Further, in June 2022, Casey, as Chairman of the Senate HELP Subcommittee on Children and Families, urged the Federal Trade Commission (FTC) to investigate how major retail chains may have engaged in price gouging and raised prices for specialized infant formula amid the nationwide infant formula shortage as detailed reported became public that some major retail chains and online marketplaces have, during the infant formula shortage, significantly increased prices for specialized formula products that parents and caretakers of children with special dietary needs depend on. 

After Casey’s repeated urging throughout 2022, the FDA took steps to evaluate and remediate the crisis—releasing a report and a commitment to making changes, including the announcement that they had already started making changes to their processes. The agency enlisted an independent entity to recommend how they can do better in the future and further, developed a strategy to prevent foodborne illnesses from contaminated formula. Casey will keep pushing the FDA and working on policy changes to ensure that a similar shortage does not happen again. Families rely on formula, and they deserve better than what happened last year. 

Full text of Senator Casey’s letter to Reckitt is below and the signed PDF can be found here 

January 5, 2024

Susan Sholtis 

President Nutrition 


399 Interpace Parkway 

Parsippany, NJ 07054 

Dear Ms. Sholtis: 

I write today to express my concern over the recent recall of six batches of Nutramigen Powder, a specialty infant formula for infants with cow’s milk allergies, by Reckitt/Mead Johnson Nutrition due to potential contamination with Cronobacter sakazakii, which can cause life-threatening infections.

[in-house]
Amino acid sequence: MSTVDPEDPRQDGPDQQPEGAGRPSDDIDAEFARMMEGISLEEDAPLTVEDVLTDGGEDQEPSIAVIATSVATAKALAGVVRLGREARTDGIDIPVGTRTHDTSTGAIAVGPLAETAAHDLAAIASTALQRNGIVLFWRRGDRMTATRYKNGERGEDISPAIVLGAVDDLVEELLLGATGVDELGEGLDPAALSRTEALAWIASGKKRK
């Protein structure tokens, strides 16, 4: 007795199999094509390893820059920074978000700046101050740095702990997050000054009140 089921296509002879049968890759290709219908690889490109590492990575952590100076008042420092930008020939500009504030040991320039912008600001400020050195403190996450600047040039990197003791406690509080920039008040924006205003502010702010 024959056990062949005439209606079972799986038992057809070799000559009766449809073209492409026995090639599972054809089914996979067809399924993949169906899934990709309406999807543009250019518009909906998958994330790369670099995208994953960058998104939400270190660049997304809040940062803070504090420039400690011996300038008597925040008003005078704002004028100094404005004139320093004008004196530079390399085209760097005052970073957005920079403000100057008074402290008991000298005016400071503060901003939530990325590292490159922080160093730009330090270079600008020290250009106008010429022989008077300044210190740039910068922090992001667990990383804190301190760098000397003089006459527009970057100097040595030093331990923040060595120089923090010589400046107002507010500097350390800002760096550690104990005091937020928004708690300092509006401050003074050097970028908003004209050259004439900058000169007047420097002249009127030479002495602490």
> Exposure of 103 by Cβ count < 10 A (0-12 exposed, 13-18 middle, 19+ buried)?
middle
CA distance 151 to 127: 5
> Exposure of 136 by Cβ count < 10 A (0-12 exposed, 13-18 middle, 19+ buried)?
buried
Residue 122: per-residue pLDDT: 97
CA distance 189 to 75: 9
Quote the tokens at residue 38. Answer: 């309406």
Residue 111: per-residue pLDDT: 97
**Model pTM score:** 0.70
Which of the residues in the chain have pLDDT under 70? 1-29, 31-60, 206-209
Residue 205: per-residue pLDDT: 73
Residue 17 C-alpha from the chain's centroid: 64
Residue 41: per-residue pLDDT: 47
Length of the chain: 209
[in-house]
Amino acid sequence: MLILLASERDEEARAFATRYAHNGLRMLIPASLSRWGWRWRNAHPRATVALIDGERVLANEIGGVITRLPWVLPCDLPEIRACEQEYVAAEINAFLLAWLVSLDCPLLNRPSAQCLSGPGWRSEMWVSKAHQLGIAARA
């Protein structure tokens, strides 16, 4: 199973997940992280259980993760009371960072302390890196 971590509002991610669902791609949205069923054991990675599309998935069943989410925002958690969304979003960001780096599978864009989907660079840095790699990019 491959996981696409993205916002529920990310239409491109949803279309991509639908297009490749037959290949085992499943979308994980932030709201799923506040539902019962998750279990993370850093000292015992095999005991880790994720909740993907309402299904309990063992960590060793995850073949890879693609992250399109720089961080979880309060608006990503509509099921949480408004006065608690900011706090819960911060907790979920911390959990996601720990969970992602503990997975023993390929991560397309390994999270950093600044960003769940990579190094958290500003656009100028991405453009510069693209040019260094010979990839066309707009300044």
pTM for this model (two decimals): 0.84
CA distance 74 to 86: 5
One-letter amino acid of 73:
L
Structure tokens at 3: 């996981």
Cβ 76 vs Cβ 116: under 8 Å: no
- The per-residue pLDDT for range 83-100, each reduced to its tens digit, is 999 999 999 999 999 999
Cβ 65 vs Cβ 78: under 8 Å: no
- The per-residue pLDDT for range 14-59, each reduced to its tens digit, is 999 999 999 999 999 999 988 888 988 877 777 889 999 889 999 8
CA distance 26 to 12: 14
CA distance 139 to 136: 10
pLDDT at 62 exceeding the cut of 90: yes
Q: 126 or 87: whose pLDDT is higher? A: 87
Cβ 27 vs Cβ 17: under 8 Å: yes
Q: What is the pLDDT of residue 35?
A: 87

The recall includes six batches of Nutramigen Powder, totaling over 675,000 cans of infant formula, and the facility that produced these cans of formula remains under FDA inspection. While, fortunately, there have been no reports of illness, this news is alarming to parents and caregivers whose infants rely on this formula, and to families still reeling from the shortages and supply problems of the last two years. Further, since Nutramigen is a hypoallergenic formula, caregivers whose infants rely on Nutramigen have fewer alternatives available to them than families who purchase non-specialty formulas. 

As we learned in 2022, ongoing communication directed at the families who rely on Nutramigen will be a key component of your response. Thus, I ask that you respond in writing to the following questions by January 19, 2024: 

  1. Has the facility where the formula was produced ceased production of Nutramigen during the FDA’s inspection? 
  2. Are there other infant formulas produced at the same facility as the recalled infant formula, and if so, will their supply be compromised in any way due to the ongoing inspection by the FDA? 
  3. What impact will this recall have on the domestic supply of Nutramigen? Do you expect to see spot shortages, regional shortages, or shortages for WIC families in the states where you are the WIC provider? 
  4. Is Nutramigen Powder, or other forms of Nutramigen such as ready-to-feed bottles, produced at any additional facilities? Are those facilities located in the United States or in foreign countries? If needed, do they have the ability to increase production to meet demand? 
  5. What steps are you taking to mitigate future contamination of powdered infant formula during production and packaging? 

If you have any questions about this request, please contact Sara Maskornick on my staff. I look forward to your timely response.